Striking research showing the immense complexity of ordinary thought and revealing the identities of the gatekeepers in our minds.

Pub Date: Nov. 1, 2011

ISBN: 978-0-374-27563-1

Page Count: 512

Publisher: Farrar, Straus and Giroux

Review Posted Online: Sept. 4, 2011

Kirkus Reviews Issue: Sept. 15, 2011

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A deftly argued case for a new kind of socialism that, while sure to inspire controversy, bears widespread discussion.


A massive investigation of economic history in the service of proposing a political order to overcome inequality.

Readers who like their political manifestoes in manageable sizes, à la Common Sense or The Communist Manifesto, may be overwhelmed by the latest from famed French economist Piketty (Top Incomes in France in the Twentieth Century: Inequality and Redistribution, 1901-1998, 2014, etc.), but it’s a significant work. The author interrogates the principal forms of economic organization over time, from slavery to “non-European trifunctional societies,” Chinese-style communism, and “hypercapitalist” orders, in order to examine relative levels of inequality and its evolution. Each system is founded on an ideology, and “every ideology, no matter how extreme it may seem in its defense of inequality, expresses a certain idea of social justice.” In the present era, at least in the U.S., that idea of social justice would seem to be only that the big ones eat the little ones, the principal justification being that the wealthiest people became rich because they are “the most enterprising, deserving, and useful.” In fact, as Piketty demonstrates, there’s more to inequality than the mere “size of the income gap.” Contrary to hypercapitalist ideology and its defenders, the playing field is not level, the market is not self-regulating, and access is not evenly distributed. Against this, Piketty arrives at a proposed system that, among other things, would redistribute wealth across societies by heavy taxation, especially of inheritances, to create a “participatory socialism” in which power is widely shared and trade across nations is truly free. The word “socialism,” he allows, is a kind of Pandora’s box that can scare people off—and, he further acknowledges, “the Russian and Czech oligarchs who buy athletic teams and newspapers may not be the most savory characters, but the Soviet system was a nightmare and had to go.” Yet so, too, writes the author, is a capitalism that rewards so few at the expense of so many.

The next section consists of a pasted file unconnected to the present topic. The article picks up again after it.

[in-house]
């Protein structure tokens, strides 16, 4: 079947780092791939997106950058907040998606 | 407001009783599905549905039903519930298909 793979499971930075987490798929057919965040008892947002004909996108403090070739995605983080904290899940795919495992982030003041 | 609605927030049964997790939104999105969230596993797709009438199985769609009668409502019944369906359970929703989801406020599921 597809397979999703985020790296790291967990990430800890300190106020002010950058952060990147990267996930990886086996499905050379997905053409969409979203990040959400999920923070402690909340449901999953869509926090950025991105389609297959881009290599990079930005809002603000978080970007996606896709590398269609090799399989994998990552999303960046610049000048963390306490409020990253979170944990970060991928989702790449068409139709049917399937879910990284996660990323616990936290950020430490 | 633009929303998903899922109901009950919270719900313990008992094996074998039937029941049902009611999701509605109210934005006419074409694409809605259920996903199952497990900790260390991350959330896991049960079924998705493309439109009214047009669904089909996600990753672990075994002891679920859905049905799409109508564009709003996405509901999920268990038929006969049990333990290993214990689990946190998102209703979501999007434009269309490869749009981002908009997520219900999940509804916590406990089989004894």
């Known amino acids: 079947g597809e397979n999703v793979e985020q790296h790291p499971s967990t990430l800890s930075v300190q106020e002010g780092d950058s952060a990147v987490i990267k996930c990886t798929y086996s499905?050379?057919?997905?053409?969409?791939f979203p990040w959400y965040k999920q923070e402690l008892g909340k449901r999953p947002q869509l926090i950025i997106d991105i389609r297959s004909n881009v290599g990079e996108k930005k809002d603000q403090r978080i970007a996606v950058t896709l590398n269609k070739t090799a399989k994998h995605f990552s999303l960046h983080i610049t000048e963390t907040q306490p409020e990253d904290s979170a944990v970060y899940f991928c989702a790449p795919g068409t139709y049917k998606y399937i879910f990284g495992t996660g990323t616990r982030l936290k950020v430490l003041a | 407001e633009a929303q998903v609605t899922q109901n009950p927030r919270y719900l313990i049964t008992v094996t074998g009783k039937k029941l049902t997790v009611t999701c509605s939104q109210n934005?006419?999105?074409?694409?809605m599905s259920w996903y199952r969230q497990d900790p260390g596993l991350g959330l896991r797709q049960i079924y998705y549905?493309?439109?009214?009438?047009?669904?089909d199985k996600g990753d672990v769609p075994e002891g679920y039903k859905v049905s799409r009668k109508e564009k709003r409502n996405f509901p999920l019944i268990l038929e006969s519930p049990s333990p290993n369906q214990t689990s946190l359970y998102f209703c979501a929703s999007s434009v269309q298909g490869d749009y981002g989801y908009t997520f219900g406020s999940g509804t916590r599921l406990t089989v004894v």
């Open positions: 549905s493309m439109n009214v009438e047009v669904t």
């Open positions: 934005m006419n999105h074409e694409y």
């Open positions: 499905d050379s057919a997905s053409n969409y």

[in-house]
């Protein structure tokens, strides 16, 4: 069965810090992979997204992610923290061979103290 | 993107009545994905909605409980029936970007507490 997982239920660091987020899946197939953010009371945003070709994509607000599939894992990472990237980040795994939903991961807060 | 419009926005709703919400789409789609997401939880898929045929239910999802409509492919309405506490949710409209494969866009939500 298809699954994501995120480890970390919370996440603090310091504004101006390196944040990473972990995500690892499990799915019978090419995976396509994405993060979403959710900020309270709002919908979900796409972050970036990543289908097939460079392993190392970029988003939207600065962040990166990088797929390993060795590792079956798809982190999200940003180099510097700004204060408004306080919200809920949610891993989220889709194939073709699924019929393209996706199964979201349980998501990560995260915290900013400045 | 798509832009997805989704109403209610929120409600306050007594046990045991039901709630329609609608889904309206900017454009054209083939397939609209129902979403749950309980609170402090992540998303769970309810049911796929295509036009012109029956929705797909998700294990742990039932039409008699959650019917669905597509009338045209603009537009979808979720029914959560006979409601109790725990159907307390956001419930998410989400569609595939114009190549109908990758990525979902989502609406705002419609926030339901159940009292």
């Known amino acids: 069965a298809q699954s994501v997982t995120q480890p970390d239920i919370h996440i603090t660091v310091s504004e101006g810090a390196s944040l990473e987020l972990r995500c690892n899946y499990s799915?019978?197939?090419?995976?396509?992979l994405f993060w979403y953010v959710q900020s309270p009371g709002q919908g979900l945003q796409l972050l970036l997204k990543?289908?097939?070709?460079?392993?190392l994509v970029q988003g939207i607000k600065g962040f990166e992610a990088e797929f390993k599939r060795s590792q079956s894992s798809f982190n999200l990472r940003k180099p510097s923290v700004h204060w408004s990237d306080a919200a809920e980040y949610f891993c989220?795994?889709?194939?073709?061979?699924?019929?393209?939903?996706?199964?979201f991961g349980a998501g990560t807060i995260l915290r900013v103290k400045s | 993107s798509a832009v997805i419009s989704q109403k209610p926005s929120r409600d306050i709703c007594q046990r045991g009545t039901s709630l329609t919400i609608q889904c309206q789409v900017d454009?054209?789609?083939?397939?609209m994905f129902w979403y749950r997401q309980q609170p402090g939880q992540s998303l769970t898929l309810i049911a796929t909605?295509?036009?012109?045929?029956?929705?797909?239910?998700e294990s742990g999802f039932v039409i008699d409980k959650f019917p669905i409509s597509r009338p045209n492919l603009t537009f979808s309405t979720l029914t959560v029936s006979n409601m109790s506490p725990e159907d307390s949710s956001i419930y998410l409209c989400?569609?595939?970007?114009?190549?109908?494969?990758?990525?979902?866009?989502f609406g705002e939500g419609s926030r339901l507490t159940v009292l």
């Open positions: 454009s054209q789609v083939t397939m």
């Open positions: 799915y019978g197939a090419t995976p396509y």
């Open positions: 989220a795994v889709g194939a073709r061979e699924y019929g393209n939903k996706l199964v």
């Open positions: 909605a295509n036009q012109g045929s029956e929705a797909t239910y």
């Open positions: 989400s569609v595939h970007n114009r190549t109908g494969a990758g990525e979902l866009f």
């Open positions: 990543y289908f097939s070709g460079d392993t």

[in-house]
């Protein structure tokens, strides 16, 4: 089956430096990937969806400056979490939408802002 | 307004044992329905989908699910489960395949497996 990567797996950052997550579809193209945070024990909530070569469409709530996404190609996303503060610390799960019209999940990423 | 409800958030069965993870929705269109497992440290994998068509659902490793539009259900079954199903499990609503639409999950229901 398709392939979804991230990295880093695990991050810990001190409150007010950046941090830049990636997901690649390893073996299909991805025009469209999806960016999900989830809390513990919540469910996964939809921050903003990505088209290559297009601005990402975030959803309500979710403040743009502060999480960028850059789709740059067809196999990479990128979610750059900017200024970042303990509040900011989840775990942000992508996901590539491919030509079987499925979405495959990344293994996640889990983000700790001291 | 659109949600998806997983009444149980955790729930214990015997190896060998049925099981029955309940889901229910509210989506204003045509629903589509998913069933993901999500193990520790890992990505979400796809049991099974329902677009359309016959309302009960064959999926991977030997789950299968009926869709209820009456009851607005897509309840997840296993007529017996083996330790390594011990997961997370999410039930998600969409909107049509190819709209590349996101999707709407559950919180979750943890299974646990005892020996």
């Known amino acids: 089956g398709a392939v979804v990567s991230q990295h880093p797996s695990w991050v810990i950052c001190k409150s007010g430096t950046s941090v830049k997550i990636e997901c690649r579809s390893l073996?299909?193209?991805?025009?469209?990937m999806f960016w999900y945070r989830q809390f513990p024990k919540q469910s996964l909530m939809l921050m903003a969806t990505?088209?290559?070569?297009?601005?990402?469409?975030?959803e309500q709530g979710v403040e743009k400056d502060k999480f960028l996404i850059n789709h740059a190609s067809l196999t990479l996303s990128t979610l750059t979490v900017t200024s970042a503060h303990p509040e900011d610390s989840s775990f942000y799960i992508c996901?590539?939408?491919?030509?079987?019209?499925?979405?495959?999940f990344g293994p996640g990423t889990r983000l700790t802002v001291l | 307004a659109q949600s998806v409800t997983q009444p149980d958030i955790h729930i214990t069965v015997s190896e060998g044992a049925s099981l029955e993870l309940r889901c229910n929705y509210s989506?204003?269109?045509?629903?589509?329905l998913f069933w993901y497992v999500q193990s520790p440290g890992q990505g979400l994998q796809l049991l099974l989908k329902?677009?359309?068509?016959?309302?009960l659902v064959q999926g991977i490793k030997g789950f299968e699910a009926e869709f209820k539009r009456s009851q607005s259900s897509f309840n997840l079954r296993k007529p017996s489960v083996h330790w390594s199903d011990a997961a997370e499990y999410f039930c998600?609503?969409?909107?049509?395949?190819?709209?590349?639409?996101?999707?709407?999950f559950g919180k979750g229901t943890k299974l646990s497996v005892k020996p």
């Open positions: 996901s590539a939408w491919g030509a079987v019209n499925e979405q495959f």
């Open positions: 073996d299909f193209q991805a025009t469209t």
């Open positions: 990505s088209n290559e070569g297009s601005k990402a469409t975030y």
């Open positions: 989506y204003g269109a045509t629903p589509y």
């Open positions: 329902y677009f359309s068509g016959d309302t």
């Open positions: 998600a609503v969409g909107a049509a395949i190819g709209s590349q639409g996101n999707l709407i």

A deftly argued case for a new kind of socialism that, while sure to inspire controversy, bears widespread discussion.

Pub Date: March 10, 2020

ISBN: 978-0-674-98082-2

Page Count: 976

Publisher: Belknap/Harvard Univ.

Review Posted Online: Dec. 22, 2019

Kirkus Reviews Issue: Jan. 15, 2020